• Strategy

Expanding the Pie in Negotiations

Before falling back on negotiation theory's ''Best Alternative to a Negotiated Agreement," what are the other perimeters to be considered?


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The UK faces years of trade talks following last week’s Brexit decision, both with the EU and with other countries around the world. As it enters these uncertain negotiations it is salutary to consider the fundamental precepts behind any business negotiation.

If all else fails, the only way forward might be BATNA – the term coined by Roger Fisher and William Ury in their 1981 book, Getting to Yes: Negotiating Without Giving In. In negotiation theory, the Best Alternative to a Negotiated Agreement or BATNA is the most advantageous alternative course of action a party can take if negotiations fail and an agreement cannot be reached.

But before falling back on BATNA what are the other perimeters to be considered? And how might other factors be included to expand the pie and help reach mutual agreement?  

According to Erika Hall, assistant professor of organization and management, Goizueta Business School at Emory University, there are three important metrics to know before entering into negotiations: the reservation price, the target price, and the best alternative to a negotiated agreement price (BATNA). The reservation price is the seller’s bottom line, she explains.

“The target is the seller’s stretch or aspirational point, and the BATNA is any other offer or anything else that you might do if this negotiated agreement doesn’t go through.”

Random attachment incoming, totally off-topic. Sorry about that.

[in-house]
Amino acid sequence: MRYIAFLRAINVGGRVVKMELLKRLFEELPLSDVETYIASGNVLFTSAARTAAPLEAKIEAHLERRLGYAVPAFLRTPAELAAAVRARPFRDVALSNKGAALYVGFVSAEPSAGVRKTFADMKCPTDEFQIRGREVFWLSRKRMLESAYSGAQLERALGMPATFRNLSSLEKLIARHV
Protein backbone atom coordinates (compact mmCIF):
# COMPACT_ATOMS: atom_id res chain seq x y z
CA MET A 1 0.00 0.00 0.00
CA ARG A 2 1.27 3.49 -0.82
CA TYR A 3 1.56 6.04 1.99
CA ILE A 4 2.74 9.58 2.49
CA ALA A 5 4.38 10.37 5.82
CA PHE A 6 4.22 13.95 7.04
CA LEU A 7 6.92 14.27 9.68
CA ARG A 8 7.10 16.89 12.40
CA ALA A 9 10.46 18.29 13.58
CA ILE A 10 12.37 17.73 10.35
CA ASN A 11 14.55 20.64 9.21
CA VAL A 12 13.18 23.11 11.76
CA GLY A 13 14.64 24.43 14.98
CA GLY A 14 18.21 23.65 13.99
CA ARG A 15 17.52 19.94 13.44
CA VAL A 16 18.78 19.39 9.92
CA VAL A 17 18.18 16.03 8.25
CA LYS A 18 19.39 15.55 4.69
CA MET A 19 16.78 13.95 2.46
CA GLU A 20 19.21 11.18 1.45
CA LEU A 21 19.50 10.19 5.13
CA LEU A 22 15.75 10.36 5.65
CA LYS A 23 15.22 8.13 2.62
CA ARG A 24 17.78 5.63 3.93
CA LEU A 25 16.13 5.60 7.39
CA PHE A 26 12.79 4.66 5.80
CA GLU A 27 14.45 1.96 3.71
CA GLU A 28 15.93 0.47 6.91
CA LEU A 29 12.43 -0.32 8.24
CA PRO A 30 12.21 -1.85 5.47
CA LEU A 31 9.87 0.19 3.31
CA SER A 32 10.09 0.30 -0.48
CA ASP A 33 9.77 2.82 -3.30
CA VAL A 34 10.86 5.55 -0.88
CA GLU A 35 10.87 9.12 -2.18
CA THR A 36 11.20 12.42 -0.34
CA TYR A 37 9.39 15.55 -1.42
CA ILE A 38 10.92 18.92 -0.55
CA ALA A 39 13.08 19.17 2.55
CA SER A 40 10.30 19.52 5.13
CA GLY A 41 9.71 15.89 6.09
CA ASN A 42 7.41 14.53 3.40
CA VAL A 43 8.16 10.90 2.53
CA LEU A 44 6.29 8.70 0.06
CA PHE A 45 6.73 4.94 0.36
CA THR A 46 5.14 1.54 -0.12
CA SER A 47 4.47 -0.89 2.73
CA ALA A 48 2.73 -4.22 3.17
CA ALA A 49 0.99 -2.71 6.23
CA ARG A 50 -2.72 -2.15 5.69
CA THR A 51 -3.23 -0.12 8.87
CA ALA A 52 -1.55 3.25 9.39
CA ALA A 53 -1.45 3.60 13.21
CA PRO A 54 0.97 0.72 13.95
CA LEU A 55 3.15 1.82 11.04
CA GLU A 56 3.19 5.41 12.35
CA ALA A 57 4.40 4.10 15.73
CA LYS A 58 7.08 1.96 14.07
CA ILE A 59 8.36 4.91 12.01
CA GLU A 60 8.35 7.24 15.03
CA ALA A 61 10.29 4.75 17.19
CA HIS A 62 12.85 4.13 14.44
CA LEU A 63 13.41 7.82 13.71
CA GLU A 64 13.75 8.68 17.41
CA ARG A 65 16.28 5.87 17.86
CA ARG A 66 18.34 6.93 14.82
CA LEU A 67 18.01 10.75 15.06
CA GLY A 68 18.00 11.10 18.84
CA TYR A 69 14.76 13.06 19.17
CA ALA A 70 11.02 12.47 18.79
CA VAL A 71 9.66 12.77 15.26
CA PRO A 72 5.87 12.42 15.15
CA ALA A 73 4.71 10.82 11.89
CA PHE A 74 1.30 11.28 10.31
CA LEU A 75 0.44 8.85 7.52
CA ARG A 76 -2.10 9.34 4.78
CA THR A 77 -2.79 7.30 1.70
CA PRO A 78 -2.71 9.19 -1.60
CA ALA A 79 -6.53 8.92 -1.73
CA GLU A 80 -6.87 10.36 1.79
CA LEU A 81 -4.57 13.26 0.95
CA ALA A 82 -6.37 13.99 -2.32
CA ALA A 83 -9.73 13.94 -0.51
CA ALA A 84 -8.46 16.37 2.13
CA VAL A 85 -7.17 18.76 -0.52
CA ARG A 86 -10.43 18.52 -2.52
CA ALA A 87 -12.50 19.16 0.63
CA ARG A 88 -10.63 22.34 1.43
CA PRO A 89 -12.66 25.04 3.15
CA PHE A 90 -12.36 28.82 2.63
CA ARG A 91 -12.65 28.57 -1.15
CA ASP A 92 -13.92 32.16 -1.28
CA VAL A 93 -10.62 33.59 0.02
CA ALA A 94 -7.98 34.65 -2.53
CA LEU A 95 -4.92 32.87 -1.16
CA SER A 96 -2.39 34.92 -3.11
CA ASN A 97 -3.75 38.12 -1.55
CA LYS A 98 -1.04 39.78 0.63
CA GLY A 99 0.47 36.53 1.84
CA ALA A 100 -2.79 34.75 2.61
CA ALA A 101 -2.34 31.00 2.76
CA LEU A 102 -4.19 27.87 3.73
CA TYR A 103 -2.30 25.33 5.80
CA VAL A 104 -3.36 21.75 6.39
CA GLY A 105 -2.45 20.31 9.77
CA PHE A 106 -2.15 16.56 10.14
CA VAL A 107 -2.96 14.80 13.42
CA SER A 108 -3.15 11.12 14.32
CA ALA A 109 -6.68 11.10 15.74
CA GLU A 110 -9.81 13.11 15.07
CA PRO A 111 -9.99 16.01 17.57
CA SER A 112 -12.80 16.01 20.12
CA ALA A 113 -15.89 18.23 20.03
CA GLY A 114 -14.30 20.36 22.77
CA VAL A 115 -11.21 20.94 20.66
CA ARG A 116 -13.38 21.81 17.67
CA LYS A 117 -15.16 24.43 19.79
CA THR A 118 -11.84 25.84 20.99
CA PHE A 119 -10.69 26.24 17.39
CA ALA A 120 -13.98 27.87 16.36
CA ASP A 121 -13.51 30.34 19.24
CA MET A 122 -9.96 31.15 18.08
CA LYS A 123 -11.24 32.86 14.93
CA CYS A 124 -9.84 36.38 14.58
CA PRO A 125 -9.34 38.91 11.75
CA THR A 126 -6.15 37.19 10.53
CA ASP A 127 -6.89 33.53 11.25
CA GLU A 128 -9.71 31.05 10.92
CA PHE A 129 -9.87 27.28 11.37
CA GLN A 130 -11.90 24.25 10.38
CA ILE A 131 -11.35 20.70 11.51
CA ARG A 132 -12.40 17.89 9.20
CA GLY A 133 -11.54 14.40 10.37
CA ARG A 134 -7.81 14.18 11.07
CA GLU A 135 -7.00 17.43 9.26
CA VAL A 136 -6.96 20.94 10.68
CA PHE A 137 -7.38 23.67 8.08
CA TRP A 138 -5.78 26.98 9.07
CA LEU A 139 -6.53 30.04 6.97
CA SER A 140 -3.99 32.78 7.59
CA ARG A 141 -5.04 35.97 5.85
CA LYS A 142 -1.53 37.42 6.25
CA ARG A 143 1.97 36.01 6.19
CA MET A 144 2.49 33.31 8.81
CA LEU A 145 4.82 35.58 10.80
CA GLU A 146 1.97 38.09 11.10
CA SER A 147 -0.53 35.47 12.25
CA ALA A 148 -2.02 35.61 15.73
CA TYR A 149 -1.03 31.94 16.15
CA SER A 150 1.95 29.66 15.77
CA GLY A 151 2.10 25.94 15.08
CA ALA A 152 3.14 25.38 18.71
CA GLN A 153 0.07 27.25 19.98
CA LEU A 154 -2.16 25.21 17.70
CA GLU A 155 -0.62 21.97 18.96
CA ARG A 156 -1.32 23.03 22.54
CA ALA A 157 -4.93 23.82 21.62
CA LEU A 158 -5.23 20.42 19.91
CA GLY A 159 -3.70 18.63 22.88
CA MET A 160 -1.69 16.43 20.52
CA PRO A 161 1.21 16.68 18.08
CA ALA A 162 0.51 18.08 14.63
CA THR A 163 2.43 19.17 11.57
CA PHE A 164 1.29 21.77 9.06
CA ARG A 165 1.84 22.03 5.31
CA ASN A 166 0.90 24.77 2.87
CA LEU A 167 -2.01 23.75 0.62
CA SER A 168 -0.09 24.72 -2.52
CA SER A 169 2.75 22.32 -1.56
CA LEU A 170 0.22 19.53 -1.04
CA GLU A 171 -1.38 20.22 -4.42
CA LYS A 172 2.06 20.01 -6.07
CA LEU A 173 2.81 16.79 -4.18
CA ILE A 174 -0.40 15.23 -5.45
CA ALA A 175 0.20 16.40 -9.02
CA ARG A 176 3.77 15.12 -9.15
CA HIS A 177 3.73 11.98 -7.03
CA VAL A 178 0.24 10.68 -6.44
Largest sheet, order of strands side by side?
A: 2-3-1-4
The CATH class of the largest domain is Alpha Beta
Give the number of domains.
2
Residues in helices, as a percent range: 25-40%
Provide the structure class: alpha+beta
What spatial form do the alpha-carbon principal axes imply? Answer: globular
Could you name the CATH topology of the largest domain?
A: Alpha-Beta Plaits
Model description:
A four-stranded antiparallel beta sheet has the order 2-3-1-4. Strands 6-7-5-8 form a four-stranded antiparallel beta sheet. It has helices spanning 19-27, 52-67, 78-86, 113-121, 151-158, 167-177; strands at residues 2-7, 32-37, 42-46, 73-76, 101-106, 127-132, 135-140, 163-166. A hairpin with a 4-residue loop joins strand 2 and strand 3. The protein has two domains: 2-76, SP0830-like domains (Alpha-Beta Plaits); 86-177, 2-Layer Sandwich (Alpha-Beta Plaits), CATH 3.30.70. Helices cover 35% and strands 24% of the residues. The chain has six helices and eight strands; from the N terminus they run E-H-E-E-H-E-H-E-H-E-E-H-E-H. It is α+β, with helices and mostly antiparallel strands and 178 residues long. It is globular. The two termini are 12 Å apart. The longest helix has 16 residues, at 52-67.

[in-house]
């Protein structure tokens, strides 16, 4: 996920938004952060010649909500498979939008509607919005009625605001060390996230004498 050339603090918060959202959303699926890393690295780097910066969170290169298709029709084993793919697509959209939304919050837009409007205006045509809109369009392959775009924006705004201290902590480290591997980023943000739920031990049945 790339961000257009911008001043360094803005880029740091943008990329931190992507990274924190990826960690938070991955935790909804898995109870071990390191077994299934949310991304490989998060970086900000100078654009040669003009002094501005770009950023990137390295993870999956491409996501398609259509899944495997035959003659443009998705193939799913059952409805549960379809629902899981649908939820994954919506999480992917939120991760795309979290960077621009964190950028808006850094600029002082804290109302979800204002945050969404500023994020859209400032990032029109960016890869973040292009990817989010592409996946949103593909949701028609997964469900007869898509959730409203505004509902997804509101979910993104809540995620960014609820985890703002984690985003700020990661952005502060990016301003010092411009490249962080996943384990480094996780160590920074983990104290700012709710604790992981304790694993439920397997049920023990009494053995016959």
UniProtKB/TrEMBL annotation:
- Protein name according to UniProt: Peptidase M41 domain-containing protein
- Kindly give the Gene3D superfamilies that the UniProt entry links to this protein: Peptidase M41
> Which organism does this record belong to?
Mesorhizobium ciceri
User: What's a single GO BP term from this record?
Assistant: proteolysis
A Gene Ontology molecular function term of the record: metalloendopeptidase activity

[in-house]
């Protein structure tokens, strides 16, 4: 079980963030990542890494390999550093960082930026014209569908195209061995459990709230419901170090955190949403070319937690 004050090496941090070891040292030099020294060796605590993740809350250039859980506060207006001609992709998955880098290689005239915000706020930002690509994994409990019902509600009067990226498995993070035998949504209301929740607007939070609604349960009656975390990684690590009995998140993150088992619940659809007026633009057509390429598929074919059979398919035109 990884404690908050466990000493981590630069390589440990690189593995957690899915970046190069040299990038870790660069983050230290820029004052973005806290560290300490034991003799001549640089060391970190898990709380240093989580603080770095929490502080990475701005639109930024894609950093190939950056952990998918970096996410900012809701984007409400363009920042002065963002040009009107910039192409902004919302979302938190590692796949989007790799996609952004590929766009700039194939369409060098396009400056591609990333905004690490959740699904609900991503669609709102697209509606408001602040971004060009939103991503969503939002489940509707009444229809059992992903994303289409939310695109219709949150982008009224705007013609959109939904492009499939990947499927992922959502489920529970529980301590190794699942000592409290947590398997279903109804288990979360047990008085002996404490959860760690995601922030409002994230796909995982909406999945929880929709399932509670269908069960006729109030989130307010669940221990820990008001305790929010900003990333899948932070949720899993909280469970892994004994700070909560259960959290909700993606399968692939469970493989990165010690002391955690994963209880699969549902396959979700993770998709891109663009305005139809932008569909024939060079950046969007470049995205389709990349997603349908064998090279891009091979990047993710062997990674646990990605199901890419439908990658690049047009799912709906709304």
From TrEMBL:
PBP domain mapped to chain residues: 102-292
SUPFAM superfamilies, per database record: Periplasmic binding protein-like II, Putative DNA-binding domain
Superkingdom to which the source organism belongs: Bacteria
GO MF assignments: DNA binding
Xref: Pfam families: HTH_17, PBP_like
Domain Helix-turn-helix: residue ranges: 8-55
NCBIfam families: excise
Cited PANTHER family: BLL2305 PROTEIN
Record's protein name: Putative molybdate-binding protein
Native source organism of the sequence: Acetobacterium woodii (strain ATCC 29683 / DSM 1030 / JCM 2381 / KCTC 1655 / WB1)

A negotiation is considered successful “if you’re anywhere above your reservation price, which is determined by your BATNA, plus or minus any idiosyncratic factors that you might have.”

Idiosyncratic factors are non-monetary conditions, such as a guarantee that employees will keep their jobs. These factors add value and prevent the negotiation from becoming a zero-sum process by expanding the pie instead of just splitting it, she says.

Hall illustrates with a hypothetical example of a company she wants to sell for no less than $1 million. Two people want to purchase the company. The first person has offered $1 million and has agreed to keep all her employees. This job guarantee is a non-monetary factor that for negotiation purposes she values at, say, $100,000. To match this offer, the second person has to offer at least $1.1 million.

“You should never take anything lower than your reservation price,” she adds. “It doesn’t make sense to accept something that’s worse than what you currently have.”

As we watch things unfold for the UK, over the next months and years, it will be worth bearing Hall’s clear description in mind. How will these metrics be applied in the various trade negotiations ahead? In particular, it will be interesting to see what idiosyncratic factors can add value and prevent negotiations between the UK and the EU becoming a zero-sum process, by expanding the pie.

Erika Hall’s comments first appeared in May 11, 2016

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